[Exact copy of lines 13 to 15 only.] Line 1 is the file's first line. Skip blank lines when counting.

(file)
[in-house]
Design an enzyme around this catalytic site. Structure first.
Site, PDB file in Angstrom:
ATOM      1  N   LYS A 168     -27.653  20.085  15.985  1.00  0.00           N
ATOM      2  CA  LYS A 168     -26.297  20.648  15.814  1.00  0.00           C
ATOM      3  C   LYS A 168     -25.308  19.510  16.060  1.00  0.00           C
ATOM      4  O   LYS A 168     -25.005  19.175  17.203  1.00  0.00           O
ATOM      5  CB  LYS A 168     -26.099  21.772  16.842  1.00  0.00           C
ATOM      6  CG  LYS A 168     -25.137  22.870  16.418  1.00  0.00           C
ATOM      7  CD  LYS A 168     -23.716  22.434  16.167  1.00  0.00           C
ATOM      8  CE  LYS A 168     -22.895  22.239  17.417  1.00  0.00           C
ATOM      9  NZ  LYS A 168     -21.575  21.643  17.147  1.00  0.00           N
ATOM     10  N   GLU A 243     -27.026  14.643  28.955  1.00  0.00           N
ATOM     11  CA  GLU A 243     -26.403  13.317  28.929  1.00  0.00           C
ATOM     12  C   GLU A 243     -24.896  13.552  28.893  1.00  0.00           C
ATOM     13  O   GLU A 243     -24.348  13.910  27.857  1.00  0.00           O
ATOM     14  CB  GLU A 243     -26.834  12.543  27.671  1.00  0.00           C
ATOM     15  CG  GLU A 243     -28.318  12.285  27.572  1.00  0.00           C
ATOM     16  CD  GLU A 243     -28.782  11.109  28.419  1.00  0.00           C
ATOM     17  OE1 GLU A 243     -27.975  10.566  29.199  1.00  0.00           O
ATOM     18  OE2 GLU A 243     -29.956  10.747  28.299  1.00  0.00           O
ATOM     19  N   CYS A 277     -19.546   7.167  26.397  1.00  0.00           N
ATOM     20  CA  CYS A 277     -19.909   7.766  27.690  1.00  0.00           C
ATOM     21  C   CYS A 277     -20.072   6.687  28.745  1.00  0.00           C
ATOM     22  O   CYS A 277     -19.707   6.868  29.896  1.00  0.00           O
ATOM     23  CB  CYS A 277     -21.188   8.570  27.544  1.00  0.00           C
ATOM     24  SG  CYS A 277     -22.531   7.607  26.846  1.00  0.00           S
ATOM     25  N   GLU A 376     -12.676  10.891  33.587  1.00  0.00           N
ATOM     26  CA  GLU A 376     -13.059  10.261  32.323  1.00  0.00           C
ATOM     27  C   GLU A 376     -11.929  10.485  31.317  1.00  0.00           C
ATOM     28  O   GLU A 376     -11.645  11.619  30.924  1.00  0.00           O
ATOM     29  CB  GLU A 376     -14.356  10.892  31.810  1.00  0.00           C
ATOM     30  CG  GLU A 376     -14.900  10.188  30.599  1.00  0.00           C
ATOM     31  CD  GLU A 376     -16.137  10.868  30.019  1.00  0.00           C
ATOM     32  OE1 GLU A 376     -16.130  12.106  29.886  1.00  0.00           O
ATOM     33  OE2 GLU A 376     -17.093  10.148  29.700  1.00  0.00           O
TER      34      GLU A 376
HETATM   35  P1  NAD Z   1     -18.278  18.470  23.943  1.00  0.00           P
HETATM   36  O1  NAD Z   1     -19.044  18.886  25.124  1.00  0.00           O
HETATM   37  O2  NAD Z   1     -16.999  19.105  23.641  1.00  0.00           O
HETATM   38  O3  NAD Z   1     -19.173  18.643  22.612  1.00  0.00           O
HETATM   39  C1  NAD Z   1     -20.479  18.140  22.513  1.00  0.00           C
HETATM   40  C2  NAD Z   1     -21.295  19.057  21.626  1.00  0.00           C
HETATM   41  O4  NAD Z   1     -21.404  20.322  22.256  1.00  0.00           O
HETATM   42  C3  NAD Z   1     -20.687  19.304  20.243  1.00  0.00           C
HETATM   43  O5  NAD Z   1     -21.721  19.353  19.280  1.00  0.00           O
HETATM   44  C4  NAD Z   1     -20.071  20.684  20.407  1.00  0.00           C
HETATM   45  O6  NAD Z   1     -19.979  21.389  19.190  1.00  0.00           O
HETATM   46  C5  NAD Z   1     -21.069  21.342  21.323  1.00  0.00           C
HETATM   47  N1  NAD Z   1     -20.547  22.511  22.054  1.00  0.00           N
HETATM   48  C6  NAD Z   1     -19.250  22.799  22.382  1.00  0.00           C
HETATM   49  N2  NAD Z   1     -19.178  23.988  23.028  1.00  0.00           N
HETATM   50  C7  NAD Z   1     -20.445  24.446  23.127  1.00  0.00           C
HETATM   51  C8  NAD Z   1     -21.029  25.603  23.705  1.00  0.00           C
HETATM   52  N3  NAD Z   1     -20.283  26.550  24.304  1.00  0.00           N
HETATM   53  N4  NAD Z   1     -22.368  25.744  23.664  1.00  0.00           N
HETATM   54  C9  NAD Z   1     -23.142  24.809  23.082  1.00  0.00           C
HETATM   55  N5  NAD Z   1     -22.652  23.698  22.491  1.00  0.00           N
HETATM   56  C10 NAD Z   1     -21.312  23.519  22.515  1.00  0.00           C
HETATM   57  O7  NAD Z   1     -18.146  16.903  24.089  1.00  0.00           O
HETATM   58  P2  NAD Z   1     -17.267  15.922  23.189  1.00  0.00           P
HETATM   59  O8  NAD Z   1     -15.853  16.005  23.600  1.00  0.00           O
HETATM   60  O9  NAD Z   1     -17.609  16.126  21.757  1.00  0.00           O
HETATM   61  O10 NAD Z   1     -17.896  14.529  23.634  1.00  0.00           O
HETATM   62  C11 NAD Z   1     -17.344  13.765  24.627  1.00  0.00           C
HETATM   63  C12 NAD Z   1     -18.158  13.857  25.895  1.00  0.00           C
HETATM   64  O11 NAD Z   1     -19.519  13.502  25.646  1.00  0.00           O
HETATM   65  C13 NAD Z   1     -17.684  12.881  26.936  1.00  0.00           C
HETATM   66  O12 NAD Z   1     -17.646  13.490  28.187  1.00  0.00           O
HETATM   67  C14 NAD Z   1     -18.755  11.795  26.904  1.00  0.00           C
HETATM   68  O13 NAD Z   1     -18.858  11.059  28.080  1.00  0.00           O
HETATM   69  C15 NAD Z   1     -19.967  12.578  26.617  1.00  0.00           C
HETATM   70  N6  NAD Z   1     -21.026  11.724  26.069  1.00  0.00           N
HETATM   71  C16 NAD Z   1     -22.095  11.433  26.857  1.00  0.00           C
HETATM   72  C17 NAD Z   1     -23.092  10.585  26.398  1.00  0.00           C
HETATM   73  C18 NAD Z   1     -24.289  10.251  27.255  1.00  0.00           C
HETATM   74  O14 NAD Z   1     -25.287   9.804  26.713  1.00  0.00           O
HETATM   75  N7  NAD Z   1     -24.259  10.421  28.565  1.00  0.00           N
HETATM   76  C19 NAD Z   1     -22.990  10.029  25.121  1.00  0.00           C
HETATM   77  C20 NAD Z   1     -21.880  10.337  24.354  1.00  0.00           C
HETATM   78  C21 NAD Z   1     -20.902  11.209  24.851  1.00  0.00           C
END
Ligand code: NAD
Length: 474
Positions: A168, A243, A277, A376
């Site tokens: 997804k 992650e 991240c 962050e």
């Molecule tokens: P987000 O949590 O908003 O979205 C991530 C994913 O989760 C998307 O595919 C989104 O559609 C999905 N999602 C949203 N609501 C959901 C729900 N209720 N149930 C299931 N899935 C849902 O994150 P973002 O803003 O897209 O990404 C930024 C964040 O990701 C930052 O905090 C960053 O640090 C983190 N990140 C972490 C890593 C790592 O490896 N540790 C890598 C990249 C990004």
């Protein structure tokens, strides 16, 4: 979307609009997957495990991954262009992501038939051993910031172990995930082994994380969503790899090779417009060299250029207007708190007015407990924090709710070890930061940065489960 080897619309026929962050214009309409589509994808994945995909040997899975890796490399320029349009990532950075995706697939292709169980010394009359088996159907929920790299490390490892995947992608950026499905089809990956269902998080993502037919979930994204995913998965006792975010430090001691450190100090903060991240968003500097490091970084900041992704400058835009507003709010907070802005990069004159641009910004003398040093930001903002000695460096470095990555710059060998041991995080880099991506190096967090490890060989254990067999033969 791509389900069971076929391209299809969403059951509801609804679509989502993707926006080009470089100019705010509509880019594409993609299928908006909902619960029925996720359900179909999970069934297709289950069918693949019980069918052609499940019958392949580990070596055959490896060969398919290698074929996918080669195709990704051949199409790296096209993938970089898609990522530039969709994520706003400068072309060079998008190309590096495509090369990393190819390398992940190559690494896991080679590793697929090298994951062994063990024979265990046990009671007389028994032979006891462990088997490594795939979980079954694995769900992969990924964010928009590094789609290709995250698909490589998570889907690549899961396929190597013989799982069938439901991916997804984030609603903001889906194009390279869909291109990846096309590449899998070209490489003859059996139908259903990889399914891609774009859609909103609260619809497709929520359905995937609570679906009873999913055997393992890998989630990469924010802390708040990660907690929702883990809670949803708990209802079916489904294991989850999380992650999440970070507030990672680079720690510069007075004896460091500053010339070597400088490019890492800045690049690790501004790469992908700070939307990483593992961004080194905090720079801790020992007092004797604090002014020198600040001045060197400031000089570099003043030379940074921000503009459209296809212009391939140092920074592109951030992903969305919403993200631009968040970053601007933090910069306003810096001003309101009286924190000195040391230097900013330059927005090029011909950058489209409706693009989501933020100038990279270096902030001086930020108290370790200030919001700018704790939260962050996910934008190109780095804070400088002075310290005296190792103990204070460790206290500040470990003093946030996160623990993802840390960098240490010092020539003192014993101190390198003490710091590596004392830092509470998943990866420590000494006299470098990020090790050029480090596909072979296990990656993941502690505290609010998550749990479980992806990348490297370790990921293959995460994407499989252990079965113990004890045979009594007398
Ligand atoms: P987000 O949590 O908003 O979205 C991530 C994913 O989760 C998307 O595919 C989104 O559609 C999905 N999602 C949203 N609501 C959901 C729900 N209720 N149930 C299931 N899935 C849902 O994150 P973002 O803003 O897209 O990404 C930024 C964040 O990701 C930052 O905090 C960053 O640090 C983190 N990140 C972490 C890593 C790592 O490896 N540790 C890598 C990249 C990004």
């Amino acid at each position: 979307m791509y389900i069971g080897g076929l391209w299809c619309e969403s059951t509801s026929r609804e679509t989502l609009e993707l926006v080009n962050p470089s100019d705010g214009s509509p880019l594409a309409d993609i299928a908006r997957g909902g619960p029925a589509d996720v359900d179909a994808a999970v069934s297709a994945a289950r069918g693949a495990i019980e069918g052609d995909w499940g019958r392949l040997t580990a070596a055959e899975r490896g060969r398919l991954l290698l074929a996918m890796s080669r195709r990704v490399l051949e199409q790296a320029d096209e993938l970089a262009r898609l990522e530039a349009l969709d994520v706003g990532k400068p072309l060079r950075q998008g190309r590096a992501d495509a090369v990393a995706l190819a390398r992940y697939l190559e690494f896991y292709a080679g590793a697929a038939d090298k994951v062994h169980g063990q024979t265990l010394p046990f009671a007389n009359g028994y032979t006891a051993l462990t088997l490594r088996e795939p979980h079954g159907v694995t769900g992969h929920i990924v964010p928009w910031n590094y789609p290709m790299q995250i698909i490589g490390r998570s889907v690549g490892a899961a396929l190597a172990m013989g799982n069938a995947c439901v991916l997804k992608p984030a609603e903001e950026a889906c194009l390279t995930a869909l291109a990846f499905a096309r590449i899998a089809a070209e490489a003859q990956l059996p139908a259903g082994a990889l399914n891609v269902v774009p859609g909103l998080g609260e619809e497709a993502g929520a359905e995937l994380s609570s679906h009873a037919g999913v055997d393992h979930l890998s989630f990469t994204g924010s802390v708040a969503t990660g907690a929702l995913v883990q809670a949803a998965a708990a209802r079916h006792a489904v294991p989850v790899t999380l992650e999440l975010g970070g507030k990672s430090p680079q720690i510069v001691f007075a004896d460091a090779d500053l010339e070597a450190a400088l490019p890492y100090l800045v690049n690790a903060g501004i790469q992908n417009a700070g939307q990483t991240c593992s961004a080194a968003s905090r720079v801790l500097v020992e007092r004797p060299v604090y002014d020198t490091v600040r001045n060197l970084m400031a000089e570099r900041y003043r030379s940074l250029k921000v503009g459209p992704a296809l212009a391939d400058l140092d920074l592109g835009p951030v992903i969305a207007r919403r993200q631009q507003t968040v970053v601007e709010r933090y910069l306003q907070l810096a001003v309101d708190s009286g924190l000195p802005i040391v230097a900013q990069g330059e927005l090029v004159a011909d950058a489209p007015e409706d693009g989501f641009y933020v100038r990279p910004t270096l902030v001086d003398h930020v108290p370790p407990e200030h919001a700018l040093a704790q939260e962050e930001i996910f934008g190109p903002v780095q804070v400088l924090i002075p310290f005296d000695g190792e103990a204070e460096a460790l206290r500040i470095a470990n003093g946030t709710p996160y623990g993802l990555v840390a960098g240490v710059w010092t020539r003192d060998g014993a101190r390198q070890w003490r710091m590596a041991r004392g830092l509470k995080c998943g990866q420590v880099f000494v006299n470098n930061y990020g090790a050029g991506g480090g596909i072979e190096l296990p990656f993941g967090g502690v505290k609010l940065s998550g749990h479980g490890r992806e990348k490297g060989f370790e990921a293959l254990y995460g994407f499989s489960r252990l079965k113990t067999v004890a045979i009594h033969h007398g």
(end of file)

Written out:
ATOM     10  N   GLU A 243     -27.026  14.643  28.955  1.00  0.00           N
ATOM     11  CA  GLU A 243     -26.403  13.317  28.929  1.00  0.00           C
ATOM     12  C   GLU A 243     -24.896  13.552  28.893  1.00  0.00           C